Migration/Immigration

Migrants camp on the road in the vicinity of the Maljevac border crossing with neighboring Croatia, near the northern Bosnian town of Velika Kladusa, on Oct. 24, 2018. (Elvis Barukcic/AFP/Getty Images)

In Bosnia, a Migrant Way Station Is Becoming a Winter Prison

For years, the country remained untouched by the global migrant crisis, but now, even in a place where many people were once refugees, tensions are on the rise.

Engineers from the 937th Clearance Company prepare to place concertina wire on the Arizona-Mexico border wall on Dec. 1, 2018. (U.S. Army photo by 2nd Lt. Corey Maisch)

Trump Declares National Emergency in ‘Slap in the Face to Military Families’

The president will divert billions that would have gone to military construction projects.

A view of the border wall between Mexico and the United States, in Ciudad Juarez, Chihuahua state, Mexico on Jan. 19, 2018.
(Herika Martinez/AFP/Getty Images)

Trump May Have $21 Billion in Military Funds Available for the Wall

The president plans to sign a federal spending bill and declare a national emergency to bankroll his long-promised border wall.

Undocumented migrants climb on a train known as La Bestia in Las Patronas, Veracruz state, Mexico, to travel through Mexico to reach the United States on Aug. 9, 2018. (Ronaldo Schemidt/AFP/Getty Images)

Mexico Isn’t Helping Refugees. It’s Depriving Them of Their Rights.

The humanitarian visas offered to migrants don’t allow them to work, study, or receive benefits while letting the Mexican government duck its responsibilities under international law.

Chairman of the Palestine Liberation Organization Yasser Arafat addresses delegates of the Organization of African Unity in July 1972 in Kampala, Uganda.

Theresa May Is Negotiating Like Yasser Arafat

The late Palestinian leader was legendary for forsaking promising opportunities, caving to extremists, and failing to appreciate the challenges of negotiating against a stronger opponent. Britain’s prime minister has perfected his diplomatic style.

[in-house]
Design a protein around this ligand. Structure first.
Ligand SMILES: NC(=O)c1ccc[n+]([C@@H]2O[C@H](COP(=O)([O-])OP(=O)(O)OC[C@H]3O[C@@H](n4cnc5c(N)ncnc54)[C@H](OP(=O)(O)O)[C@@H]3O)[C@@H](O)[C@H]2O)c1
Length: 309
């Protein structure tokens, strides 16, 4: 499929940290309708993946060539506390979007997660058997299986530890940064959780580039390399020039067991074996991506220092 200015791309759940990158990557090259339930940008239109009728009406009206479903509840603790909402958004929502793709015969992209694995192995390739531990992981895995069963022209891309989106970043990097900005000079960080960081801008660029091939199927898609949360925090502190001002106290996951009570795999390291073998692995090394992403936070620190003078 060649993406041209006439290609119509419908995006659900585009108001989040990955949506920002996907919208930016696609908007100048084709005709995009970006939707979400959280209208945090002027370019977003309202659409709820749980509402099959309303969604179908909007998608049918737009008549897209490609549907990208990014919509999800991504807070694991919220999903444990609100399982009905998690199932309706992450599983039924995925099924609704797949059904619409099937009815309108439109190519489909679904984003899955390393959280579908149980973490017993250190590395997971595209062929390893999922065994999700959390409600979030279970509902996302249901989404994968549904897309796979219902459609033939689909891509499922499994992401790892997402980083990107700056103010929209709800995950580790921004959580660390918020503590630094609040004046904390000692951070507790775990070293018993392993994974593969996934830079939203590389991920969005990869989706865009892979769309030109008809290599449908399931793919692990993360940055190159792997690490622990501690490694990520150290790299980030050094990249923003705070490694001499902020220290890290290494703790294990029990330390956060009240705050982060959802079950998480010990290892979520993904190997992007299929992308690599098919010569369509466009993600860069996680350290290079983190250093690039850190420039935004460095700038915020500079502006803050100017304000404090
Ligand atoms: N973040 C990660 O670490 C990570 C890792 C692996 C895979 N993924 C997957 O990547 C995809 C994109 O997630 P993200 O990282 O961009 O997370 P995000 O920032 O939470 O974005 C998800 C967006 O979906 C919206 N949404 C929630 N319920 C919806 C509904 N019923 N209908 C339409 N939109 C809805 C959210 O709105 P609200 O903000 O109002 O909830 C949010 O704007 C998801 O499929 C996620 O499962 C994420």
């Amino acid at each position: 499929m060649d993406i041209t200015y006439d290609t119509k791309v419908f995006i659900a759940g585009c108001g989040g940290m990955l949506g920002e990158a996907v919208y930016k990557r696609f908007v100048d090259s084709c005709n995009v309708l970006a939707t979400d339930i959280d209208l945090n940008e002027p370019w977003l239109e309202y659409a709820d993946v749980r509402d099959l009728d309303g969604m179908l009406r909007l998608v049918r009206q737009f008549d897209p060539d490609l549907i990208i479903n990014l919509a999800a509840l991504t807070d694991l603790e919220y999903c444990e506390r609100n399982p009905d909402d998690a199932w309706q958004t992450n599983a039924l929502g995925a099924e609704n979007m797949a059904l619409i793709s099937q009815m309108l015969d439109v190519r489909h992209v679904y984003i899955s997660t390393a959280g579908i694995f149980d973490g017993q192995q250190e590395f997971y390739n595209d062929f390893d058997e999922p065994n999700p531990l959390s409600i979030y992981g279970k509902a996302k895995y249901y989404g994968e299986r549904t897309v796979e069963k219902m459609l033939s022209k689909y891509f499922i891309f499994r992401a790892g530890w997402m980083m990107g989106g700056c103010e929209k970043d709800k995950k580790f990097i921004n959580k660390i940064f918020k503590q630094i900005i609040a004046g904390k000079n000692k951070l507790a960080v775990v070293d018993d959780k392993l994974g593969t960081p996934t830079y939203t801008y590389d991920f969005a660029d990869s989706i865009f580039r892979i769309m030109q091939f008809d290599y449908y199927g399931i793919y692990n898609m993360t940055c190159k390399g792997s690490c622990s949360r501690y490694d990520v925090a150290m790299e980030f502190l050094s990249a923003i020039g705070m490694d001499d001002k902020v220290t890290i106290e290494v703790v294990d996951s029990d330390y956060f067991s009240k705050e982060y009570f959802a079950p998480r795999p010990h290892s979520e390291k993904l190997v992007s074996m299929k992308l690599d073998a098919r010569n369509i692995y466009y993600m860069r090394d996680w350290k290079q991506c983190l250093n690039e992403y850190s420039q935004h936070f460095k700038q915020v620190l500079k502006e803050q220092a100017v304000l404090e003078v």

U.S. President Donald Trump, with Speaker of the House Nancy Pelosi and Vice President Mike Pence looking on, delivers the State of the Union address at the U.S. Capitol in Washington, D.C., on Feb. 5. (Chip Somodevilla/Getty Images)

Top Foreign-Policy Takeaways From Trump’s State of the Union

What the president said—and didn’t say—about America’s place in the world.

Syrian refugees, stuck between the Jordanian and Syrian borders, wait to cross into Jordan at the Hadalat border crossing on Jan. 14, 2016. (Khalil Mazraawi/AFP/Getty Images)

Investing in Low-Wage Jobs Is the Wrong Way to Reduce Migration

Unless would-be migrants can build lives with dignity—which poorly paid, export-oriented jobs do not provide—they will continue to seek ways to move on.

A migrant rides a bike past greenhouses on January 14, 2019. In southern Spain, the far-right party Vox has attracted farmers with its pledge to deport illegal workers.

Spanish Nationalists Hate Separatists, Not Immigrants

Spain has long resisted the rise of the far-right, because Basque and Catalan separatism animated nationalist passions—but the rise of Vox in Andalusia shows that the country is not immune from xenophobic politics.

Angirekula Sreekanth poses for a photograph with a copy of his U.S. visa and those of his relatives at the Chilkur Balaji Temple in Rangareddy district, near Hyderabad, on April 29, 2017.

A New U.S. Immigration Law Would Hurt Iranians the Most

H.R. 392 will help skilled immigrants from India jump the green-card queue—at the expense of everyone else.

Central American migrants—mostly Honduran—taking part in a caravan to the United States through central Mexico on Nov. 11.(Alfredo Estrella/AFP/Getty Images)

Pay to Stay?

Why U.S. aid to Central America has not eased the flow of migrants.